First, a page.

Maria had two children, reputedly, with George IV. The daughter was adopted by a friend of George IV, Hugh Seymour. It was this Mary Seymour who married George Dawson Damer, and her daughter Constance married John Leslie. Constance burned all the evidence of her background, as it was not approved by the Royal Family. It is therefore not a definitive history, just, shall we say, rumour. Her descendant Shane Leslie wrote a biography of Mrs. Fitzherbert.
It was the portrait above, of Lady Constance, which a nurse, who had been attending the dying Leonie (wife of Constance and John’s heir, John), recognised as the lady who had visited Leonie’s deathbed – despite Constance having been dead for nearly twenty years!
Before his brother died, John brought Constance to live in the old castle. Constance must have wanted a place of her own so in 1860, they moved into the Hunting Lodge in order to live separately from Charles Powell III and his mother.
However, once they inherited the old castle, not content with her Lodge or the old castle, it was Constance who insisted that John build the new castle. While it was being built she and her husband went on a Grand Tour and collected much of the present furniture in the house including the blue and white Della Robbia chimneypiece in the drawing room, and a mosaic floor in the hall which is a replica of a two thousand year old Roman villa floor. Constance was a connoisseur of fine art and antiques.
Their travels influenced the style of the Castle, built by Sir Charles Lanyon and William Henry Lynn. An Italian Renaissance cloister (said to have been copied from Michaelangelo’s cloister at Santa Maria degli Angeli in Rome, according to Mark Bence Jones (see ) joins the main block of the castle to a single-storey wing containing the library and former billiard-room.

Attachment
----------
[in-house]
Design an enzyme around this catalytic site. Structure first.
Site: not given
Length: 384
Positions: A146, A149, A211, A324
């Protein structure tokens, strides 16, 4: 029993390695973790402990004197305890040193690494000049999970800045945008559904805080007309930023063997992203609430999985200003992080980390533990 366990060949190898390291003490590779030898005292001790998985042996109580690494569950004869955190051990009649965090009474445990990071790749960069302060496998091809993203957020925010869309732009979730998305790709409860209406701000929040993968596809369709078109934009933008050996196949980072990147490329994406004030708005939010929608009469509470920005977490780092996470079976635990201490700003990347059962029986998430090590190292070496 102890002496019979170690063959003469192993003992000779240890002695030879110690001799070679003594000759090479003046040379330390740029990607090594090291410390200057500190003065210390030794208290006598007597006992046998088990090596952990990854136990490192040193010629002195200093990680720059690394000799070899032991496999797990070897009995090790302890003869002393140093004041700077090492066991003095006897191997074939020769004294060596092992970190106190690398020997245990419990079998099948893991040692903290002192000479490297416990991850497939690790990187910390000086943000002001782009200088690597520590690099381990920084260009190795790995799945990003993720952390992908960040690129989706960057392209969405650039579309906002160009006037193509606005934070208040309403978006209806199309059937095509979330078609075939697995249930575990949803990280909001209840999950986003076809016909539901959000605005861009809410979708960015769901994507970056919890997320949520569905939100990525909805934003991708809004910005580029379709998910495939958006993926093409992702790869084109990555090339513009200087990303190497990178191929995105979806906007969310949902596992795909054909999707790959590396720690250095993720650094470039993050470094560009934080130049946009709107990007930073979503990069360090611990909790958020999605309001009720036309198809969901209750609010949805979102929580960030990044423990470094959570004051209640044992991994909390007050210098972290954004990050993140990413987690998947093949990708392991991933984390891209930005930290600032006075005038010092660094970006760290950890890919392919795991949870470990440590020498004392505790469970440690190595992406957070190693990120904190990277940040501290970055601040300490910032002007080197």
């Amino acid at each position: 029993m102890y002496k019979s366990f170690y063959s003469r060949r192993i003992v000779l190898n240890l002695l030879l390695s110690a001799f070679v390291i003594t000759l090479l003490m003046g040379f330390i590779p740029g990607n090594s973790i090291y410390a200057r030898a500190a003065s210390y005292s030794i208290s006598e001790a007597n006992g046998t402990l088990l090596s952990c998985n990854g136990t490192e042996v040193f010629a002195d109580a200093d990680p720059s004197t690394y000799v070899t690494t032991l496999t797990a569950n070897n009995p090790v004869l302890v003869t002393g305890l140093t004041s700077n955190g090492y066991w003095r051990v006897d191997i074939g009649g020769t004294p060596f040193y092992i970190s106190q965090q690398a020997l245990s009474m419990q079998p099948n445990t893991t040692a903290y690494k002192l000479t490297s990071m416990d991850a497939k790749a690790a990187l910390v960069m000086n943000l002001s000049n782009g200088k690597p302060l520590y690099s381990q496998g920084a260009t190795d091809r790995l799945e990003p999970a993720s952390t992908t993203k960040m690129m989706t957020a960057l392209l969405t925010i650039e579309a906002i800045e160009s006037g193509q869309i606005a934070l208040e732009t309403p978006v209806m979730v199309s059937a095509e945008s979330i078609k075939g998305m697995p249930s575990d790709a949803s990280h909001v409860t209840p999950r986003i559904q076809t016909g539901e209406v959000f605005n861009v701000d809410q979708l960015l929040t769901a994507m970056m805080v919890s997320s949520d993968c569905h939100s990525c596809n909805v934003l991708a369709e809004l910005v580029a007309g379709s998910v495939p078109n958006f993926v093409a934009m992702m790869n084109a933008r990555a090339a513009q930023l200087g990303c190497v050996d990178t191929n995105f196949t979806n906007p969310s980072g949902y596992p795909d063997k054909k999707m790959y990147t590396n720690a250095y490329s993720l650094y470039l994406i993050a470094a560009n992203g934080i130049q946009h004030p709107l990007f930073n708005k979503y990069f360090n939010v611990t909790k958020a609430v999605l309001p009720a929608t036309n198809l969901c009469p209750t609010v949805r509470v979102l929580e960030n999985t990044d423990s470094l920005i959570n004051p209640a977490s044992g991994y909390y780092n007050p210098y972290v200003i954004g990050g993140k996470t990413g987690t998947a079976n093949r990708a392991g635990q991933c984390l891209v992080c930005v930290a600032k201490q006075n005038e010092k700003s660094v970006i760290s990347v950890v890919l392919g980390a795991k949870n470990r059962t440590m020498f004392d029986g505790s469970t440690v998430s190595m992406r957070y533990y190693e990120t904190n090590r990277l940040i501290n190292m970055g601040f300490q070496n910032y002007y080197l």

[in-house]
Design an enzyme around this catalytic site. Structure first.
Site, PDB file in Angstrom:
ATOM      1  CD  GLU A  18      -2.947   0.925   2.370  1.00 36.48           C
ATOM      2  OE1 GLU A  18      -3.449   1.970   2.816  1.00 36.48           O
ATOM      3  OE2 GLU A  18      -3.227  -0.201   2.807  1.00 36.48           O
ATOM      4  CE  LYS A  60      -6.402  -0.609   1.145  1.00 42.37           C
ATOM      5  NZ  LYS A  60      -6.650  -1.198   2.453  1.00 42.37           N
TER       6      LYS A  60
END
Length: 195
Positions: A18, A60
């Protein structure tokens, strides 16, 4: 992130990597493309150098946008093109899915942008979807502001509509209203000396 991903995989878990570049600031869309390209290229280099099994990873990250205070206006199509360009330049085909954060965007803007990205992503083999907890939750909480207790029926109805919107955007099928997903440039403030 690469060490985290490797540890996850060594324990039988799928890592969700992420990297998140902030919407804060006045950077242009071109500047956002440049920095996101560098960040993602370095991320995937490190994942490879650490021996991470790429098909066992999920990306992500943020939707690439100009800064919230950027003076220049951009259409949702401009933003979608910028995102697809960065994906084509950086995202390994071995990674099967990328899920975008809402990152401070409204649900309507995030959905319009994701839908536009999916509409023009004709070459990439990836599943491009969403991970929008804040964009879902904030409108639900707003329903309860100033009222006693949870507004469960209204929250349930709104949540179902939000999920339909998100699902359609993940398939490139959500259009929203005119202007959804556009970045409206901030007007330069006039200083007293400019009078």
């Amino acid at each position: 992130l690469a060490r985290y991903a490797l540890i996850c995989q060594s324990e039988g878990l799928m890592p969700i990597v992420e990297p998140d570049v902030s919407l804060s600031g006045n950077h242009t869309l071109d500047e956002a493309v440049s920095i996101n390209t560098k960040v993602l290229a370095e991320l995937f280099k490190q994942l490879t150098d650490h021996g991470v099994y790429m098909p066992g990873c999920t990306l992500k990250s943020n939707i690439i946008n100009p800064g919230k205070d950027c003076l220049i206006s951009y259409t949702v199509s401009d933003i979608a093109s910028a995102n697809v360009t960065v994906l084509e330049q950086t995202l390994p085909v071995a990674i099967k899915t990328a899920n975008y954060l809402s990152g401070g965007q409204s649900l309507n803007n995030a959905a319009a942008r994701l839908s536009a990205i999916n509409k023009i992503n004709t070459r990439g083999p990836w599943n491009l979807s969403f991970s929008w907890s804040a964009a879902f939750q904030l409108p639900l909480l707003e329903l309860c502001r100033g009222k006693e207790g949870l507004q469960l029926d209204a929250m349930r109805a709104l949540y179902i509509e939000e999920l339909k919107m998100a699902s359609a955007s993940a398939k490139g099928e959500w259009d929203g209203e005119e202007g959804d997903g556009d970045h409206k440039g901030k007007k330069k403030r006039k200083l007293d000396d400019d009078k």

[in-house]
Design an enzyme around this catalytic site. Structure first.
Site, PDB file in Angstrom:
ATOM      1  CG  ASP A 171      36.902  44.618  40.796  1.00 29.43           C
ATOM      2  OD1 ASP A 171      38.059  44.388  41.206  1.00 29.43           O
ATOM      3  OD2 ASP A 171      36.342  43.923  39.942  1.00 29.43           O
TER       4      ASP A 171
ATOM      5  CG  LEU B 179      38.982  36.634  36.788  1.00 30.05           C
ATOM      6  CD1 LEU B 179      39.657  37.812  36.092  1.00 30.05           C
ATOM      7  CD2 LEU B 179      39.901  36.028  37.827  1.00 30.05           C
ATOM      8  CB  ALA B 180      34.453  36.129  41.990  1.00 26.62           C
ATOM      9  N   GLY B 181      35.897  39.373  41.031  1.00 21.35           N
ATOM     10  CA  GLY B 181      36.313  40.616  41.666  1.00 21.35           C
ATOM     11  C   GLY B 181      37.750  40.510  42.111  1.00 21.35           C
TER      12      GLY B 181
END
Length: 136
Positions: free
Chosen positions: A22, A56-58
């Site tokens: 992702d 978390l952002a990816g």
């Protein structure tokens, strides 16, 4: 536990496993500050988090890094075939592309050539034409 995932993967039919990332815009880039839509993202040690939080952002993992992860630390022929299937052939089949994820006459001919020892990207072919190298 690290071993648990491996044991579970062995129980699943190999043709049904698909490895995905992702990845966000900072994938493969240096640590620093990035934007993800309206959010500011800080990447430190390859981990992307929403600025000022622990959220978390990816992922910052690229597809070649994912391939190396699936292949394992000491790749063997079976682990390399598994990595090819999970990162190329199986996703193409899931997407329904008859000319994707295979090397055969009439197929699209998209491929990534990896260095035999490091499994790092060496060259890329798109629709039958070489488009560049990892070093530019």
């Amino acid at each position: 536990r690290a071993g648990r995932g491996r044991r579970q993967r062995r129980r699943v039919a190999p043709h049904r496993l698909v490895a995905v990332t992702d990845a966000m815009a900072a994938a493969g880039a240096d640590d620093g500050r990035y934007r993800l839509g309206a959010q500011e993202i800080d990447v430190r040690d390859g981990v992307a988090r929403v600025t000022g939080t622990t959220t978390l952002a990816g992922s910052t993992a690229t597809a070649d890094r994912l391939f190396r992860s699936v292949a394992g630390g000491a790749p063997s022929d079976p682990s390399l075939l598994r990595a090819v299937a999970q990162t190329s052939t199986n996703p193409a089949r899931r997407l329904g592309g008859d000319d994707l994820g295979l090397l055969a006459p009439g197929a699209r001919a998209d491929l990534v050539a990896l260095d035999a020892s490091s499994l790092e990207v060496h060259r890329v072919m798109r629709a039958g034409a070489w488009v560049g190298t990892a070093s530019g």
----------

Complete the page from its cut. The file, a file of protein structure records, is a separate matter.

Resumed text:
Behind the cloister runs a long top-lit gallery divided by many arches, with pre-Raphaelite style frescoes of angels and other figures, including portraits of members of the family, painted by John Leslie, a talented artist. One of his paintings was hung in the Royal Academy in the same year. He later become 1st Baronet of Glaslough.
The next to inherit the estate was the 2nd Baronet, Sir John Leslie (1857–1944). He married Leonie Jerome, one of the three beautiful daughters of Leonard Jerome of New York. Her sister Jenny married Lord Randolph Churchill and was the mother of Prime Minister Winston Churchill. Winston did not get on well with his mother but was very close to his aunt Leonie. The young Winston Churchill paid visits here to his uncle and aunt, except when he was temporarily banished by his uncle on account of his espousal of Home Rule! Leonie’s correspondence with Winston is in Blenheim Castle in England, the estate of the Churchills. When his beloved aunt died in August 1943, Winston couldn’t attend the funeral due to the war, but he telephoned Eamon de Valera to request permission for the flyover of an Royal Air Force Spitfire plane. It was her son, Desmond Leslie, who was in the RAF, who flew the Spitfire and dropped a huge wreath from Winston Churchill to the funeral.
I was touched by the presence of Winston Churchill’s christening robe in the drawing room: